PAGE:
I’m sitting in Starbucks and have just sent off another set of pages to go under my writing coach’s machete. I’ve gotten numb after reading through her many comments, constructive as they are. Now, most of the people studying here are college kids, eager to graduate and hit the corporate world.
I hate the corporate world. OK. Hate is a strong word. I loathe the corporate world. OK. Loath is just a synonym of hate. My bad.
There’s just something about that world that irks me. The volunteer 6 X 6 jail cell called a cubicle, earning a fraction of what one makes for the company, and the ridding of individuality by conforming to made up rules crafted to protect both the company and their assets (i.e. sexual harassment suits. OK. Bad example) doesn’t sit well with me.
However, I am thankful for my job. This particular position (I’m prohibited by my company’s code of conduct to reveal who employs me due to my radical ideas on this and all social sites) gives me a lot of freedom, and at the moment I earn enough to write amazing articles such as this (sarcasm anyone?), but more importantly, focus on my books and pay for my writing coach who costs a pretty penny. Well...she doesn’t cost a pretty penny, her services do. That don’t sound right neither.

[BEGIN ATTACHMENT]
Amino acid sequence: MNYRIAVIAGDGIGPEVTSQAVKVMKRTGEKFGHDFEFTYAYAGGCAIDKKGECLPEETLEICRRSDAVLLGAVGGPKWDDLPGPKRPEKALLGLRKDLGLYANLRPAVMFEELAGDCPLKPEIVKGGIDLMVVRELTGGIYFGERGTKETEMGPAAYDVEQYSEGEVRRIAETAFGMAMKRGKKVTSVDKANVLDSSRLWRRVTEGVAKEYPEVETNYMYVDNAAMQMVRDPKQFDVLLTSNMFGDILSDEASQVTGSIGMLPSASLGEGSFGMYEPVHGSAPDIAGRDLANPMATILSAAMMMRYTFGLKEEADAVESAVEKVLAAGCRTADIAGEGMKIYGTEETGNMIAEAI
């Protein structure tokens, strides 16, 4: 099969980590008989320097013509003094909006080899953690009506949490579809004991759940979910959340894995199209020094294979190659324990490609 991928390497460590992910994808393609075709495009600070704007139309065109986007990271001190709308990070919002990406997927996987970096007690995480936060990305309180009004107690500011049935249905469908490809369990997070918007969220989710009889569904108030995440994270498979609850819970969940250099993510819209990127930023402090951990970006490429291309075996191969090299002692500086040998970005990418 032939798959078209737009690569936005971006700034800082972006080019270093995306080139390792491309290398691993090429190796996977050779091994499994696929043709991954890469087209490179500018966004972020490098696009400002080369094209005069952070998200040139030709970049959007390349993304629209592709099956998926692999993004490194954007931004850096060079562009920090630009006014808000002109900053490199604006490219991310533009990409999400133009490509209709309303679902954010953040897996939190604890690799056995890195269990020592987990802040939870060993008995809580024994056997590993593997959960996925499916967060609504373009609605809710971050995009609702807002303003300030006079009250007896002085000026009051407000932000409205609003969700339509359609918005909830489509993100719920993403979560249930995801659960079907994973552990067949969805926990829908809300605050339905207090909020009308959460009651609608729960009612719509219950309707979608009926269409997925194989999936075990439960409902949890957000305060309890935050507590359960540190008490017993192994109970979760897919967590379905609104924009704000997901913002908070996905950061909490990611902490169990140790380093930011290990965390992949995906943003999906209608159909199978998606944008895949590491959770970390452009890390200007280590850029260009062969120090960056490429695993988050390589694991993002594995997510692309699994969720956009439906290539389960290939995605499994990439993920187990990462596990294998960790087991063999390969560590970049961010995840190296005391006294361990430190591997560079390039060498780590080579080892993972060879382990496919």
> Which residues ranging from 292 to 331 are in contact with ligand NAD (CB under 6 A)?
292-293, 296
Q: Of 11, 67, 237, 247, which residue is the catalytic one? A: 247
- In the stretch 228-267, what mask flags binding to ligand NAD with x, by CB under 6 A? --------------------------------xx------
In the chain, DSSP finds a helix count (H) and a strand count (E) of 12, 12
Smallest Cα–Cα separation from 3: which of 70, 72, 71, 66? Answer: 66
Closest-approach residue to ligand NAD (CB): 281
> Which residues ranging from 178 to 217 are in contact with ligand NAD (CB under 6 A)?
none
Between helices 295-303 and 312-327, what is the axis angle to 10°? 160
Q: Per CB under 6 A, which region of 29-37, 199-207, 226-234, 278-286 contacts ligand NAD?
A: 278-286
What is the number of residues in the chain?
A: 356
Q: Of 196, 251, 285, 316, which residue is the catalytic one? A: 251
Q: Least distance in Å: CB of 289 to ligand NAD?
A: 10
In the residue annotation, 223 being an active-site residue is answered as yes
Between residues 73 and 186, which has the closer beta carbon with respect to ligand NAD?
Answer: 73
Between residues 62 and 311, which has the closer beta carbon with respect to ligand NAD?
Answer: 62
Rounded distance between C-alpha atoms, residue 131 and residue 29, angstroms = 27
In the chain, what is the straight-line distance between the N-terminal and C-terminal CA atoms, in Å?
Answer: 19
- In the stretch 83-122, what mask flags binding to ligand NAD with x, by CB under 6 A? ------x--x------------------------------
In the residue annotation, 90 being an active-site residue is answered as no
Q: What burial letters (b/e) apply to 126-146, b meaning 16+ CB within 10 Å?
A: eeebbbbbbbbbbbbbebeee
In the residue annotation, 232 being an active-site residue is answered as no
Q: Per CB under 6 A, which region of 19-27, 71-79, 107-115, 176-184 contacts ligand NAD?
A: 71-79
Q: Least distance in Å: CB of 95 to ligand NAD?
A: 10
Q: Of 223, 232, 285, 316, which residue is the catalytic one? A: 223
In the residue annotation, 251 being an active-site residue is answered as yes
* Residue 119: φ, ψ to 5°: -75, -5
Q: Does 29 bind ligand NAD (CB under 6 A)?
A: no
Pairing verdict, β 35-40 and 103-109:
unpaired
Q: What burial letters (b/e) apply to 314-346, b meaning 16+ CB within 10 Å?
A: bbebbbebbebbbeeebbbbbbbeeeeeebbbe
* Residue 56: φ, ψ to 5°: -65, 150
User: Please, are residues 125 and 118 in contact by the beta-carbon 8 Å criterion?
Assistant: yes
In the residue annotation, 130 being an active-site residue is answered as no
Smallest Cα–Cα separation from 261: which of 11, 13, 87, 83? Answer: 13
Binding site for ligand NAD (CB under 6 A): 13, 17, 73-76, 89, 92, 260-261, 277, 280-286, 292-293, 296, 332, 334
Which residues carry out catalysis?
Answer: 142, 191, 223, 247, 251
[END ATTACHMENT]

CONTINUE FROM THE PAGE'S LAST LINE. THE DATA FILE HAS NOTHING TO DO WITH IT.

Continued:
Last week I was roving around Netflix and saw that they had added a movie called Nightcrawler, starring Jake Gyllenhaal. He plays Louis, a guy who is a psychopath, which lends well to his new occupation of filming crimes and atrocities of the streets of Los Angeles. He needs help with some of his duties and interviews an ex-junkie, Rick Garcia, played by Rick Garcia. Uh...no sarcasm here.
Imediately, Louis lies, feeding Rick a story about how he just lost an employee and is interviewing for a replacement
Rick gives Louis a cautious look and says the ad didn’t state what the job was.
“It’s a fine opportunity for some lucky someone,” Louis says. I think every job I’ve ever interviewed for had stated this in some manner.
Louis proceeds to ask Rick about his prior jobs and what he learned from them. Soon after, Louis hires him, paying him a massive sum of thirty bucks cash per night. Woot!
Aside from the awesome storyline of the movie, the interaction between Louis and Rick, employer and employee, are my favorite because Louis represents the corporate world and Rick represents the lowly everyday Joe who’s trying to scrape a living.
Louis spouts nuggets of wisdom like communication is the key to success, and fear stands for False Evidence Appearing Real. The funny thing is my office has posters with words of wisdom hanging on the walls as well, hoping that they drive the worker bees to do better (sarcasm anyone?).